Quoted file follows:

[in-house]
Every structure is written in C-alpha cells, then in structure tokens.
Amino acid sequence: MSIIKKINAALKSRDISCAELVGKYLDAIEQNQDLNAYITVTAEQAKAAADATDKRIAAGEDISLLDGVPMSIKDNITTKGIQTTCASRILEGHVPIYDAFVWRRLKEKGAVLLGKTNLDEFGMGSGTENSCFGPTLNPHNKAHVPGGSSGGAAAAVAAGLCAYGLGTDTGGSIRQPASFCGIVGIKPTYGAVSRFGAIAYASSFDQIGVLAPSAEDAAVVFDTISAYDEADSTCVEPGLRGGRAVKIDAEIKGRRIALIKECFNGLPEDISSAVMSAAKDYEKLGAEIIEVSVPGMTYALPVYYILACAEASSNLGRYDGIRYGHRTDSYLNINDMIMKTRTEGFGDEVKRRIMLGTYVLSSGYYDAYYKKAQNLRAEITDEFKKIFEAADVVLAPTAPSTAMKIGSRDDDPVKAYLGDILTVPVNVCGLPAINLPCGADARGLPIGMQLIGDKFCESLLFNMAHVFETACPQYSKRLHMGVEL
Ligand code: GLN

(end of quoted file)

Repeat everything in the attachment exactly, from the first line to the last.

[in-house]
Every structure is written in C-alpha cells, then in structure tokens.
Amino acid sequence: MSIIKKINAALKSRDISCAELVGKYLDAIEQNQDLNAYITVTAEQAKAAADATDKRIAAGEDISLLDGVPMSIKDNITTKGIQTTCASRILEGHVPIYDAFVWRRLKEKGAVLLGKTNLDEFGMGSGTENSCFGPTLNPHNKAHVPGGSSGGAAAAVAAGLCAYGLGTDTGGSIRQPASFCGIVGIKPTYGAVSRFGAIAYASSFDQIGVLAPSAEDAAVVFDTISAYDEADSTCVEPGLRGGRAVKIDAEIKGRRIALIKECFNGLPEDISSAVMSAAKDYEKLGAEIIEVSVPGMTYALPVYYILACAEASSNLGRYDGIRYGHRTDSYLNINDMIMKTRTEGFGDEVKRRIMLGTYVLSSGYYDAYYKKAQNLRAEITDEFKKIFEAADVVLAPTAPSTAMKIGSRDDDPVKAYLGDILTVPVNVCGLPAINLPCGADARGLPIGMQLIGDKFCESLLFNMAHVFETACPQYSKRLHMGVEL
Ligand code: GLN